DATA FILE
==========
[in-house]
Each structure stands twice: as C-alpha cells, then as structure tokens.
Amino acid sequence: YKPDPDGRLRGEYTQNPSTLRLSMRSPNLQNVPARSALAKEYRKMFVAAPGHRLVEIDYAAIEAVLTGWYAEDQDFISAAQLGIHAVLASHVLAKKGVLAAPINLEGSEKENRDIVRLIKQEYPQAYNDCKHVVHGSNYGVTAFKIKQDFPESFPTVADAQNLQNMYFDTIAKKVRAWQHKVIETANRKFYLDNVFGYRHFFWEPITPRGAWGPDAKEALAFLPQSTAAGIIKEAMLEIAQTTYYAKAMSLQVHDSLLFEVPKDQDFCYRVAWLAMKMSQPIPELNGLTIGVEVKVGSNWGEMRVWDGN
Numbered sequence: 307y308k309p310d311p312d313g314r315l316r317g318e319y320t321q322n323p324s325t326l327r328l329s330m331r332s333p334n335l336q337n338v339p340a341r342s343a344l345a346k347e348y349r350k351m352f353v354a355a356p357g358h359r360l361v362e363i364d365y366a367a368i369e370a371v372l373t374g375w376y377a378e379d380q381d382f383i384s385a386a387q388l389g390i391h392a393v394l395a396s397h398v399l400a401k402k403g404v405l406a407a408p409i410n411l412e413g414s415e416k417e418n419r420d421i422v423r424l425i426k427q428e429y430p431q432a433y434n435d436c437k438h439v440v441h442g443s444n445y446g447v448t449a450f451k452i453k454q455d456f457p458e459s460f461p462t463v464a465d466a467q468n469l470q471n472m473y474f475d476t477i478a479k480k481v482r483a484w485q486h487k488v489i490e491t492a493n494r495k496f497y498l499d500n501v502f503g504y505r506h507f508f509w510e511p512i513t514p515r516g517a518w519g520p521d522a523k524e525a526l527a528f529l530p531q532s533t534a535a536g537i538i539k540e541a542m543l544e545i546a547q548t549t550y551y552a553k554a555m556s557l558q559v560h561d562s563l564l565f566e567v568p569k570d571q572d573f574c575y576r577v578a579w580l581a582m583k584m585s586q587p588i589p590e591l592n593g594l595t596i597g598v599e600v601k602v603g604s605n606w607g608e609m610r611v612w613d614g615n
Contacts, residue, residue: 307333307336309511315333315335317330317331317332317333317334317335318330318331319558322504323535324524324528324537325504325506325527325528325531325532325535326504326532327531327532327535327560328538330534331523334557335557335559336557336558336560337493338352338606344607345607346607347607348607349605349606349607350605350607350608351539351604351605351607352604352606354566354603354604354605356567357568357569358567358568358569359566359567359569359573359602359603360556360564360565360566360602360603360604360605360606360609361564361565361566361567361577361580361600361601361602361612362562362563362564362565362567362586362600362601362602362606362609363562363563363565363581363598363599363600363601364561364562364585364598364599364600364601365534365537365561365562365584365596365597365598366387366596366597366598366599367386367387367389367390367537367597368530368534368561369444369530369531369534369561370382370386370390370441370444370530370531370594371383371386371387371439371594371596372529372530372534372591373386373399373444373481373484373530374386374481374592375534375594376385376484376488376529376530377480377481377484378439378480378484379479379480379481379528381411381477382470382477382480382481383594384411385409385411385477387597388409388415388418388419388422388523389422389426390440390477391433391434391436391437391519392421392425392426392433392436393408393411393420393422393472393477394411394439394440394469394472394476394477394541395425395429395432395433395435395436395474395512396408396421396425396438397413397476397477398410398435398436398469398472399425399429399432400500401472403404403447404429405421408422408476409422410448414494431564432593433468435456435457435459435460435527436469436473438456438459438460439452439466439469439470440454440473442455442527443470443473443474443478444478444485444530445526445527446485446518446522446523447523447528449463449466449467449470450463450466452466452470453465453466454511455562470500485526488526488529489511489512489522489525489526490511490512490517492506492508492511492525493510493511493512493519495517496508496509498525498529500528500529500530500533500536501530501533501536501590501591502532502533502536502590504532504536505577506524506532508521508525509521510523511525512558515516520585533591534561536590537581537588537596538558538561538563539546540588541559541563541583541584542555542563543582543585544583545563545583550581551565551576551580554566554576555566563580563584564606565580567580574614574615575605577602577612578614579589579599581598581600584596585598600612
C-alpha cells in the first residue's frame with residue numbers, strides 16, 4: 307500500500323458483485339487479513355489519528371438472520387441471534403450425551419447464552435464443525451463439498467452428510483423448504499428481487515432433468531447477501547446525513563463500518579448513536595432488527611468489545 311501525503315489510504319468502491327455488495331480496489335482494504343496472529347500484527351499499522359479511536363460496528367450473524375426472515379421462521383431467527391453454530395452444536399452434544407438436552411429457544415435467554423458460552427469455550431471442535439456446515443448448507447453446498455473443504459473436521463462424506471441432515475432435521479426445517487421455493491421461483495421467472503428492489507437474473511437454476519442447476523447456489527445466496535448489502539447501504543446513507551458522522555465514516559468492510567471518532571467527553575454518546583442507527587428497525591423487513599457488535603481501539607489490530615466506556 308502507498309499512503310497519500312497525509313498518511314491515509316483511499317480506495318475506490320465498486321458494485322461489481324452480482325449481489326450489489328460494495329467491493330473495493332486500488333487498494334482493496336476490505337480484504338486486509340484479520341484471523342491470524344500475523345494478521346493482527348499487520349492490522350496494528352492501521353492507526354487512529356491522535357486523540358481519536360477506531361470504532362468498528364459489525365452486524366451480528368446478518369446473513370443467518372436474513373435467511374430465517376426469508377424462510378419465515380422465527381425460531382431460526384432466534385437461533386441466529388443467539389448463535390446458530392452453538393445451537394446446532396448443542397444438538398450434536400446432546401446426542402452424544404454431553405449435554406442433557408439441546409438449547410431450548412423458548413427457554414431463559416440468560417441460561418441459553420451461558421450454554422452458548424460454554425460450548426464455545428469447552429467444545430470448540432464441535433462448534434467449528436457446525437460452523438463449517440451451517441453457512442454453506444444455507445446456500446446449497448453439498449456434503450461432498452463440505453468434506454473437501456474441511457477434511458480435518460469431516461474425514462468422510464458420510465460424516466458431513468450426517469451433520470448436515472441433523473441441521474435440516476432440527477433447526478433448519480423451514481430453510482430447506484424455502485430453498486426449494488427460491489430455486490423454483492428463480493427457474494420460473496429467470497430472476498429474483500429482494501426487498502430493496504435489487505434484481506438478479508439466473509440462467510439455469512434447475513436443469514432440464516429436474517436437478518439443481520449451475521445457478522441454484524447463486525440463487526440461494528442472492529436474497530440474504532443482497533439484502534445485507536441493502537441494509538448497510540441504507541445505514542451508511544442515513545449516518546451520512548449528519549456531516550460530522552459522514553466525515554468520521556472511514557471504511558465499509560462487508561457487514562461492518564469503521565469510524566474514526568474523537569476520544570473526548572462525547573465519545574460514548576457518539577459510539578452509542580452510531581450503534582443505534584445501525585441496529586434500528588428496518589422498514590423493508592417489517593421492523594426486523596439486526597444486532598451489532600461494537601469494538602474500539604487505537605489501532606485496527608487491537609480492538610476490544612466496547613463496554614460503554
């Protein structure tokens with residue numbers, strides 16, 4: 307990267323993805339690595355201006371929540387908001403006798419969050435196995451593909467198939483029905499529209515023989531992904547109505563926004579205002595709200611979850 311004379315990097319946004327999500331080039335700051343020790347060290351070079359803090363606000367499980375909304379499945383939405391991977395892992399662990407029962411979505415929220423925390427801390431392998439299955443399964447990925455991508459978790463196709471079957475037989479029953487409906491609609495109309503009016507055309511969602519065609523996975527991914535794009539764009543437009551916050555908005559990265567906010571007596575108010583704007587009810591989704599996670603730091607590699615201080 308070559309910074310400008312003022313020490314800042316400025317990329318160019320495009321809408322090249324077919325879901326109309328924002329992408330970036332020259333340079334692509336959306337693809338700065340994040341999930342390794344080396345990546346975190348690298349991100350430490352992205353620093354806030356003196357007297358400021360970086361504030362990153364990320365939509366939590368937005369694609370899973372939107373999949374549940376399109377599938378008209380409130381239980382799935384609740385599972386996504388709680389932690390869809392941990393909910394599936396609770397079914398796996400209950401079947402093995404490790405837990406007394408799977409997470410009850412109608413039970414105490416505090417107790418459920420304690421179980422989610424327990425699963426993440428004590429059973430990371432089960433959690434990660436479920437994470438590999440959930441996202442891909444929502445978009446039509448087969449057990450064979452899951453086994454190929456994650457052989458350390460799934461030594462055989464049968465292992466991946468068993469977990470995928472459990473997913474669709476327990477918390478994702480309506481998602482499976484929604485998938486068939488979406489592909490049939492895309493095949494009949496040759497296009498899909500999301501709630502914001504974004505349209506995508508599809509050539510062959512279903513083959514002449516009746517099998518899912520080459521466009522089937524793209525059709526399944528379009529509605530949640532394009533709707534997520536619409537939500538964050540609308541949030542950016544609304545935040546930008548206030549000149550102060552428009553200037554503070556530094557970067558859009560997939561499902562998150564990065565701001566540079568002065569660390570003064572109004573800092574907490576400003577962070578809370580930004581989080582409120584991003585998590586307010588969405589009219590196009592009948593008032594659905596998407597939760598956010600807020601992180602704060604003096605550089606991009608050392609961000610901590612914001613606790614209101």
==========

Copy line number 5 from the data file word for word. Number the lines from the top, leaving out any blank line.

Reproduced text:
Contacts, residue, residue: 307333307336309511315333315335317330317331317332317333317334317335318330318331319558322504323535324524324528324537325504325506325527325528325531325532325535326504326532327531327532327535327560328538330534331523334557335557335559336557336558336560337493338352338606344607345607346607347607348607349605349606349607350605350607350608351539351604351605351607352604352606354566354603354604354605356567357568357569358567358568358569359566359567359569359573359602359603360556360564360565360566360602360603360604360605360606360609361564361565361566361567361577361580361600361601361602361612362562362563362564362565362567362586362600362601362602362606362609363562363563363565363581363598363599363600363601364561364562364585364598364599364600364601365534365537365561365562365584365596365597365598366387366596366597366598366599367386367387367389367390367537367597368530368534368561369444369530369531369534369561370382370386370390370441370444370530370531370594371383371386371387371439371594371596372529372530372534372591373386373399373444373481373484373530374386374481374592375534375594376385376484376488376529376530377480377481377484378439378480378484379479379480379481379528381411381477382470382477382480382481383594384411385409385411385477387597388409388415388418388419388422388523389422389426390440390477391433391434391436391437391519392421392425392426392433392436393408393411393420393422393472393477394411394439394440394469394472394476394477394541395425395429395432395433395435395436395474395512396408396421396425396438397413397476397477398410398435398436398469398472399425399429399432400500401472403404403447404429405421408422408476409422410448414494431564432593433468435456435457435459435460435527436469436473438456438459438460439452439466439469439470440454440473442455442527443470443473443474443478444478444485444530445526445527446485446518446522446523447523447528449463449466449467449470450463450466452466452470453465453466454511455562470500485526488526488529489511489512489522489525489526490511490512490517492506492508492511492525493510493511493512493519495517496508496509498525498529500528500529500530500533500536501530501533501536501590501591502532502533502536502590504532504536505577506524506532508521508525509521510523511525512558515516520585533591534561536590537581537588537596538558538561538563539546540588541559541563541583541584542555542563543582543585544583545563545583550581551565551576551580554566554576555566563580563584564606565580567580574614574615575605577602577612578614579589579599581598581600584596585598600612